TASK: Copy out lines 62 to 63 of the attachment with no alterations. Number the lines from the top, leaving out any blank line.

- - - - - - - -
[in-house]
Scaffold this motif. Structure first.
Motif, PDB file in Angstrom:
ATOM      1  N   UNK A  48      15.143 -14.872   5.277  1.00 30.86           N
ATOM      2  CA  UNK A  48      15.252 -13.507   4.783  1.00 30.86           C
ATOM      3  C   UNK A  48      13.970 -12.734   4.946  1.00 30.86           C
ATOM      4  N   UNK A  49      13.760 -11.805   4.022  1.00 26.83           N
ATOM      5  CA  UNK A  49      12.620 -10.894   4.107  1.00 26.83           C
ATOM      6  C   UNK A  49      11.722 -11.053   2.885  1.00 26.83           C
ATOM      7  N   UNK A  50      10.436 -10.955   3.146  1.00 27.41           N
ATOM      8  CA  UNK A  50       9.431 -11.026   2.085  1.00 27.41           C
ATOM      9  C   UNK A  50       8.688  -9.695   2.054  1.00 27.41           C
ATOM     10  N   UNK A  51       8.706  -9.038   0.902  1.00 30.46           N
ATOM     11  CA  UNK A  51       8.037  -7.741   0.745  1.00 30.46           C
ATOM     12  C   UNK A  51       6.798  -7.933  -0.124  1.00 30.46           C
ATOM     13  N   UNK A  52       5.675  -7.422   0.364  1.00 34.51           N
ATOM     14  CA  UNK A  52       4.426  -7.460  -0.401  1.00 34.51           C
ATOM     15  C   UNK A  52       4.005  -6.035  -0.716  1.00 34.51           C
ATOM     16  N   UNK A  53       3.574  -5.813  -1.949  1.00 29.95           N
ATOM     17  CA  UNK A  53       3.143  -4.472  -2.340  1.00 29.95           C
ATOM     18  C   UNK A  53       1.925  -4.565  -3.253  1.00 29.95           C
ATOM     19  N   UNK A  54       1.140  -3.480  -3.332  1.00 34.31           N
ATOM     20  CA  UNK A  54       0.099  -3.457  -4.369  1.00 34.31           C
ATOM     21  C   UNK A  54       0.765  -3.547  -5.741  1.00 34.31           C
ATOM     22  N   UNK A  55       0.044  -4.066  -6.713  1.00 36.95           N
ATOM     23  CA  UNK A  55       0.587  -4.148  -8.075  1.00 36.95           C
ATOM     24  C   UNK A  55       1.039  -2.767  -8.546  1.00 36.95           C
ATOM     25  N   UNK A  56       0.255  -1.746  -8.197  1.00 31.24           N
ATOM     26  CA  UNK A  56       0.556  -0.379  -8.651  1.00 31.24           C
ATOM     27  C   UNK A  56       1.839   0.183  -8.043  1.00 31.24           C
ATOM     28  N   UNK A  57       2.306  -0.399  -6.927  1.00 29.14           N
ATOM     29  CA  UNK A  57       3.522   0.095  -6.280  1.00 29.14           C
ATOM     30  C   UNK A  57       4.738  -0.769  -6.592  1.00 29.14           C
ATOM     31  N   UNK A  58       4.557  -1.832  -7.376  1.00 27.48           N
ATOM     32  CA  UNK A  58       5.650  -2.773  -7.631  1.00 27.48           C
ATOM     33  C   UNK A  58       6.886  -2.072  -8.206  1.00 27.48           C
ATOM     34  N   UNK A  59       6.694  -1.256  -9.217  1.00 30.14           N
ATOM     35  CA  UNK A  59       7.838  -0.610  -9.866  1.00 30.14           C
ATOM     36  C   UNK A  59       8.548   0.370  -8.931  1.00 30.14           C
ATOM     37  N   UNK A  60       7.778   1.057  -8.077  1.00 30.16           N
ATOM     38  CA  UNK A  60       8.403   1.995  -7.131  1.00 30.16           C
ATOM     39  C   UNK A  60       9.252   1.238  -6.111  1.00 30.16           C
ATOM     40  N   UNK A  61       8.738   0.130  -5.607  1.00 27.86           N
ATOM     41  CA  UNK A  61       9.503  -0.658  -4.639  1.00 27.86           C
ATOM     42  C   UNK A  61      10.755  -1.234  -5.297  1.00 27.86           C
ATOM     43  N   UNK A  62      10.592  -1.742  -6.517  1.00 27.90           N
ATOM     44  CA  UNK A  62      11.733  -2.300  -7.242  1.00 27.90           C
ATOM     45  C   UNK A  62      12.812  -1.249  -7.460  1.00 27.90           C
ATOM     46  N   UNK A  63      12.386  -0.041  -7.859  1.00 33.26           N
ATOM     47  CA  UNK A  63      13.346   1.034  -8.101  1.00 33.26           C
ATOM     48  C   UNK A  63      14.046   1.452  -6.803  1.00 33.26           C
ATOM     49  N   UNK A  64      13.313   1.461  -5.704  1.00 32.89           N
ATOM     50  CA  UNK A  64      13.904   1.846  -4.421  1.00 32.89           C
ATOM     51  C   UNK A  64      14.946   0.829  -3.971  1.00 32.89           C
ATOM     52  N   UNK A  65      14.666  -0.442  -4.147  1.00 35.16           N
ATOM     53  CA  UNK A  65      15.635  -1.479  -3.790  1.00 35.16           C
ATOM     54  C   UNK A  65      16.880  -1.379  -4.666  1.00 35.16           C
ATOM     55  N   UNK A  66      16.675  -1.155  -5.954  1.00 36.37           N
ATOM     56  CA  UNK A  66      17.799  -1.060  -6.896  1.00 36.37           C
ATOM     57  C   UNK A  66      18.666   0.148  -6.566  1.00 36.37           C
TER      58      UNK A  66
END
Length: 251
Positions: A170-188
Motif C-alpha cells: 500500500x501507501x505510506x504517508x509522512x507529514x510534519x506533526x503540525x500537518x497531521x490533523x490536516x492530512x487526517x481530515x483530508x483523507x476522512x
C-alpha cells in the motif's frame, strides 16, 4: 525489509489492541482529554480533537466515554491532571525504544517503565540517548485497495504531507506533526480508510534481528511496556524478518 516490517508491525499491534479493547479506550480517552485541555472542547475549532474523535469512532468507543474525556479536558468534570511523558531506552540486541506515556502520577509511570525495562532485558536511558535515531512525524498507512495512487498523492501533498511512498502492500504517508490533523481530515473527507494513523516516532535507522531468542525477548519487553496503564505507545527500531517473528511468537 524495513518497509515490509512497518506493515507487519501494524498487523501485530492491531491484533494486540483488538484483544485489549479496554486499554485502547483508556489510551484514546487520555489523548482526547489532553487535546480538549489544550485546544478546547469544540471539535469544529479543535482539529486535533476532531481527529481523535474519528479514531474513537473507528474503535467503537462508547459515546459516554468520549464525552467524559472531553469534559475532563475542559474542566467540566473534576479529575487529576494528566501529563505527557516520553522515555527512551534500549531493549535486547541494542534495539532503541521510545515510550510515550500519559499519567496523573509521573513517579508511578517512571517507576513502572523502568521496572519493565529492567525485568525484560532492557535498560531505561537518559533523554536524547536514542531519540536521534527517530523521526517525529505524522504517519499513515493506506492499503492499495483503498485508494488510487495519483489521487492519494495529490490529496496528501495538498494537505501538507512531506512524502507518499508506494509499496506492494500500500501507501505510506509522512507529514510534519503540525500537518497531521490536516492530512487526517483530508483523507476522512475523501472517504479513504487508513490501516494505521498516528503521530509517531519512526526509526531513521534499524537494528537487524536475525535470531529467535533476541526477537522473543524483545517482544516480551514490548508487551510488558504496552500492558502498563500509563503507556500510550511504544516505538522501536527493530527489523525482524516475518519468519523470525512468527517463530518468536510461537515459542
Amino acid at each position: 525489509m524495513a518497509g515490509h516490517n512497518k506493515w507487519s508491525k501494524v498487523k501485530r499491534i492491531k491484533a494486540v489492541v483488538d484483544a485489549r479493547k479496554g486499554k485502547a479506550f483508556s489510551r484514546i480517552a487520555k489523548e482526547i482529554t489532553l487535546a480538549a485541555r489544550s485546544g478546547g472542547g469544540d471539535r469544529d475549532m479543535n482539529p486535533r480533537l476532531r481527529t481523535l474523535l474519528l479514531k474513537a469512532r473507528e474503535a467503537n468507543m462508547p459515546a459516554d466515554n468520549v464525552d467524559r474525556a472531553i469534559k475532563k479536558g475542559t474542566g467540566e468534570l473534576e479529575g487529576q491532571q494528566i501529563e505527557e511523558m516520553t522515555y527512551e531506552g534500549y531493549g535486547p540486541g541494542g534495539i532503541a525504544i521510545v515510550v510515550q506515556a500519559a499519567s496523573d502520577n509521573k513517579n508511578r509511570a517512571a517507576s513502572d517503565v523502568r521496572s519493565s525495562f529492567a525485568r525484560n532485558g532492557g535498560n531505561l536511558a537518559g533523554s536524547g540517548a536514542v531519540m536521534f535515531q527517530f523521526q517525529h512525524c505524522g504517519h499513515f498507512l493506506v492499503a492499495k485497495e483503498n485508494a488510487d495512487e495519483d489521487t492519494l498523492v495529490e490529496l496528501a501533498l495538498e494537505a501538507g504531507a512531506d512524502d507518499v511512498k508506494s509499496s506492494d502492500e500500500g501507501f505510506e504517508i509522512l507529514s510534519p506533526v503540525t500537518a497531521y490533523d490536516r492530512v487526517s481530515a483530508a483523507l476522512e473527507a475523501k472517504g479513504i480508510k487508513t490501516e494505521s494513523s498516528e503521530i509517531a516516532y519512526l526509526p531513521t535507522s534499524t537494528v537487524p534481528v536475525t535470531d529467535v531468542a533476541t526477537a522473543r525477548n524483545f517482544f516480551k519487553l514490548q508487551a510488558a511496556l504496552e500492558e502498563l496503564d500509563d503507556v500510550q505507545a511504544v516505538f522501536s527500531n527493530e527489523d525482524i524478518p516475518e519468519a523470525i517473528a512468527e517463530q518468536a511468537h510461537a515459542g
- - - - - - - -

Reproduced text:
END
Length: 251